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What happened next?

This term we've been tracking down the latest instalment in some of the significant stories we've told in Friday magazine since 1998. This week: the primary head who took on the Government

One Monday morning towards the end of 1999, primary head Carole Clayson decided to go for broke. Two particularly annoying letters in the daily mountain of mail persuaded her that, for too long, Wellesley first school in Norwich had been bossed around by politicians with no grasp of the realities of life in a deprived area. So she penned an eight-point letter, had it translated into Braille, and posted it to the then education secretary, David Blunkett.

Two months later, when I spent a day with Carole and her staff, a reply had yet to materialise. But if the DfES was loath to put pen to paper, other teachers were not. When Friday magazine aired the Wellesley teachers' grievances in full (February 18, 2000) messages of support flooded in.

Carole recalls how spirits were lifted by the response. Suddenly, everyone wanted to know about the lot of a hard-pressed primary teacher. BBC East filmed a programme at the school, and Carole was even invited to Windsor Castle to discuss early years education. Eventually, the DfES requested copies of the letters. Friday published a selection of them, too (March 17, 2000). And then things began to improve.

"I wouldn't claim that it was down to us," says Carole. "I think things were changing anyway. But the press coverage did raise awareness of what was going on".

She was pleased when PPA time was introduced, since lesson planning had become an intolerable burden. She also welcomes changes in the style of inspections that redress the balance for schools like Wellesley. "With the introduction of value added," she says, "you can now set out your stall and put your point of view."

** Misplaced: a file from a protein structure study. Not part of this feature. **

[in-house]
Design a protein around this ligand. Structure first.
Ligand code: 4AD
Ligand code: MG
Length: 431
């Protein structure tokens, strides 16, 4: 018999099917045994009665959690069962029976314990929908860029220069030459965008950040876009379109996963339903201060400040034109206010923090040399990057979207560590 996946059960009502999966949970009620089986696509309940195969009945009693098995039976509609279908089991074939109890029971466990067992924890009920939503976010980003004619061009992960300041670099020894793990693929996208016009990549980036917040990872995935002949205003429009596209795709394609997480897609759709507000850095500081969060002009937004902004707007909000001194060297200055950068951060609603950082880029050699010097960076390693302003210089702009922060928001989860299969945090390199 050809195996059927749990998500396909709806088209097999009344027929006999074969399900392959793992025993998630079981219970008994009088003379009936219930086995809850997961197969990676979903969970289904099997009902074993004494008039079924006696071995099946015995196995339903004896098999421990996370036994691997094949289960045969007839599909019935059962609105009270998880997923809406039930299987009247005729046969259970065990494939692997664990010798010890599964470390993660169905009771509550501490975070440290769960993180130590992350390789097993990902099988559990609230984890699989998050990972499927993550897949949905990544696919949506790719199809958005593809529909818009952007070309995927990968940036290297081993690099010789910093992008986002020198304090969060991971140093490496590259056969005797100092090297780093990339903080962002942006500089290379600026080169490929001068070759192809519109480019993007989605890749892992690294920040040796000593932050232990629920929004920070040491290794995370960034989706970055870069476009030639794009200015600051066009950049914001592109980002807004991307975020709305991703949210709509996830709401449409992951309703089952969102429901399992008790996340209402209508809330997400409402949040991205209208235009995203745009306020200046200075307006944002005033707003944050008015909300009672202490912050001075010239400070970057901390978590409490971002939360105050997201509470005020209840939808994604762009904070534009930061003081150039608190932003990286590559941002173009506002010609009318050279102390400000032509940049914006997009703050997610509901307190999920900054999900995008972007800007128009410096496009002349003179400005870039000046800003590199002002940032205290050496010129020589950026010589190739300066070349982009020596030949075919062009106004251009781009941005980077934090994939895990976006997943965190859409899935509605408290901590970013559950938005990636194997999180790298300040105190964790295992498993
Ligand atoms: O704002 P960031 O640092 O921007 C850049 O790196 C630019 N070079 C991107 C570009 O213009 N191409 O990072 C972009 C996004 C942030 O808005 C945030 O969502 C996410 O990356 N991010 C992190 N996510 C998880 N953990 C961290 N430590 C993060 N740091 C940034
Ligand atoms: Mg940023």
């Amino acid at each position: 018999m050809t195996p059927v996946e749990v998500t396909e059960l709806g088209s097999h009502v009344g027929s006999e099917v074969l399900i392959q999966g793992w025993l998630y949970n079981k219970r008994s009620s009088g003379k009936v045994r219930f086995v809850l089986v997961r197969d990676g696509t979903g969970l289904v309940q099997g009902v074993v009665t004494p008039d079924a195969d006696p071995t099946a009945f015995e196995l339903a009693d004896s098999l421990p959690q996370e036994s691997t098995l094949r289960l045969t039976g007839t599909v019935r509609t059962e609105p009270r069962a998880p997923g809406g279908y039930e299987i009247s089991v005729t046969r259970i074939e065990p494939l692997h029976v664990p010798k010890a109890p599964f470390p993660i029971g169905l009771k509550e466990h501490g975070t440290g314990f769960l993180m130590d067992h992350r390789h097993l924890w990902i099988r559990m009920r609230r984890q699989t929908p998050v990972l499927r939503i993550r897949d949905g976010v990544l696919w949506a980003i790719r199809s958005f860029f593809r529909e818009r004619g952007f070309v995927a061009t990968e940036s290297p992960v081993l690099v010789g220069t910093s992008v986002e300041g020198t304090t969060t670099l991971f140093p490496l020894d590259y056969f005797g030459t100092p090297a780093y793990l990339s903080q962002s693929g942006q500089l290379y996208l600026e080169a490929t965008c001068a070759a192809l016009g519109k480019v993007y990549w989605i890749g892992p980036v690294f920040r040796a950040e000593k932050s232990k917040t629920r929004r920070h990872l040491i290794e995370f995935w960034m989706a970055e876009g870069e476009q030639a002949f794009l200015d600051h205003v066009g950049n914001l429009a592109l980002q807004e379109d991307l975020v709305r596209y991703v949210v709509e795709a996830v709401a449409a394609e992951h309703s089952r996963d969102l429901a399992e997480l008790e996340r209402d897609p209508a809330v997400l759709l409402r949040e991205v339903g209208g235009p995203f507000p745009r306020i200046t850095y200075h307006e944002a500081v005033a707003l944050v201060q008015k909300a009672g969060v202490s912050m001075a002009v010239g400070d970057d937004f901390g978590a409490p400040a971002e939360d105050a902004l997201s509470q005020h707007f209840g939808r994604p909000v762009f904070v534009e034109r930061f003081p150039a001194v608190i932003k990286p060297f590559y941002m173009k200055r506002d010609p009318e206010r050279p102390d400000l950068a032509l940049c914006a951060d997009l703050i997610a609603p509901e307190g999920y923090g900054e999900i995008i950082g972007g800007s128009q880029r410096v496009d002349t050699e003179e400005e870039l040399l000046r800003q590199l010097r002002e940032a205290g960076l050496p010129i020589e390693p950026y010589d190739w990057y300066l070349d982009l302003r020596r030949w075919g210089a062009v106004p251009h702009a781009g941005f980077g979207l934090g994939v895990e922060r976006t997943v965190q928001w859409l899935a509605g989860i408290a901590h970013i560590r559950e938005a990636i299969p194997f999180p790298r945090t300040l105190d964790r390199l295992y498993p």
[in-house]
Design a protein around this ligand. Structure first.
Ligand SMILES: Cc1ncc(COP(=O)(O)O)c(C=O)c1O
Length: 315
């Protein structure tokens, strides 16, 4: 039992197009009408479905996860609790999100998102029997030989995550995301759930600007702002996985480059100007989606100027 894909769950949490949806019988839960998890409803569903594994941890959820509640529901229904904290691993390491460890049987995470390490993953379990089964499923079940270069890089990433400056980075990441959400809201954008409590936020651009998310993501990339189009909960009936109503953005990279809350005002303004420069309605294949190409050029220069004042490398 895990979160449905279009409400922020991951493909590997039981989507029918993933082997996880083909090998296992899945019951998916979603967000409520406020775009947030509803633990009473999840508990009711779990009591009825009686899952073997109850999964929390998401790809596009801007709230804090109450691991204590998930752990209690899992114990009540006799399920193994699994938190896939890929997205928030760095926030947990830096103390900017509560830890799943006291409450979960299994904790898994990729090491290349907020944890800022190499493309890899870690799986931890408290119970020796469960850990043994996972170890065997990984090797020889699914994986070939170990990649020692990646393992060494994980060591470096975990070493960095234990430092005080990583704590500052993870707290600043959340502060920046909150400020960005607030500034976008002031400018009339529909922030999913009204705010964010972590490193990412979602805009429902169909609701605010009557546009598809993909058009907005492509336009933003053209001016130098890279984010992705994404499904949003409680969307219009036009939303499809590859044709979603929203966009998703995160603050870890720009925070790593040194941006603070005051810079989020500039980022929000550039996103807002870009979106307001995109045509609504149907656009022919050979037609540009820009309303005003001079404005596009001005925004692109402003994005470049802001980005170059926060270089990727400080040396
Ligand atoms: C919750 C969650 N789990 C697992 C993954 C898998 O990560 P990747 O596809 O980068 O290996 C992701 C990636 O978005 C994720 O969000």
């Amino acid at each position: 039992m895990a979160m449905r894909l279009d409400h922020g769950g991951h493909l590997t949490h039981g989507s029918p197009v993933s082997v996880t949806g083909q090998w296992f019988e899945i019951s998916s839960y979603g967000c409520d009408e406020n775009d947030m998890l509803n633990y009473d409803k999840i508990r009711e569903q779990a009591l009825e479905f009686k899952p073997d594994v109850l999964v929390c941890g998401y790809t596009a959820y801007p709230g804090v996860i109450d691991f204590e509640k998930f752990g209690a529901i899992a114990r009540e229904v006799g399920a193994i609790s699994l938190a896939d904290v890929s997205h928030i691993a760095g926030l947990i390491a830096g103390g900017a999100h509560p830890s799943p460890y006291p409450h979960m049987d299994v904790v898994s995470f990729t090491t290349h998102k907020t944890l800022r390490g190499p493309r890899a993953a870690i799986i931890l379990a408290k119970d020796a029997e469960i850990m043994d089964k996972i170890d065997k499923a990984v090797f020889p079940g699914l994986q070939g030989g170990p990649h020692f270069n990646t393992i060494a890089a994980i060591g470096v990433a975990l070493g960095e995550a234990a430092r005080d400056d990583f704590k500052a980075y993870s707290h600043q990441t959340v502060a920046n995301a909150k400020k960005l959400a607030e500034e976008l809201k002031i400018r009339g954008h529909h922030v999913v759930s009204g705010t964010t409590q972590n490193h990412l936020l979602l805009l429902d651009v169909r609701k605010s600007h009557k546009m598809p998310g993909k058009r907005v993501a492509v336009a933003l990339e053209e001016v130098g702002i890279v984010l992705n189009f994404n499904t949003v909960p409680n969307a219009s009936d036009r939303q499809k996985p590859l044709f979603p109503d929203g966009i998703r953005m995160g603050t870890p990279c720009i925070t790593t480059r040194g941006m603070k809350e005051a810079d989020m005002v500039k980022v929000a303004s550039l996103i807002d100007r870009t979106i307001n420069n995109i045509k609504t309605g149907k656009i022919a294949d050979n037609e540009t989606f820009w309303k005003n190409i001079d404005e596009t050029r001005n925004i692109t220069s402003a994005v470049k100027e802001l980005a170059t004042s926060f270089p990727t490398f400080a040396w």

In the six years since she fired off her angry letter, she says, school funding has increased, while much of the straitjacketing that so frustrated her staff has gone.

She never did hear from David Blunkett, she says, although David Puttnam dropped in one day, and Charles Clarke (the local MP) visited more than once.

A satisfactory outcome for Wellesley, then? Sadly, there is one cloud on the horizon. A surplus of places locally means that the school will amalgamate with another primary in September 2007.

Carole has yet to make a decision on her professional future. "I'll see what opportunities arise," she says. But her message to teachers who provided moral support six years ago is unequivocal. "We're still battling on," she says, "and we hope they are, too." To contact Carole and update Wellesley staff on how your school has fared since 2000, visit

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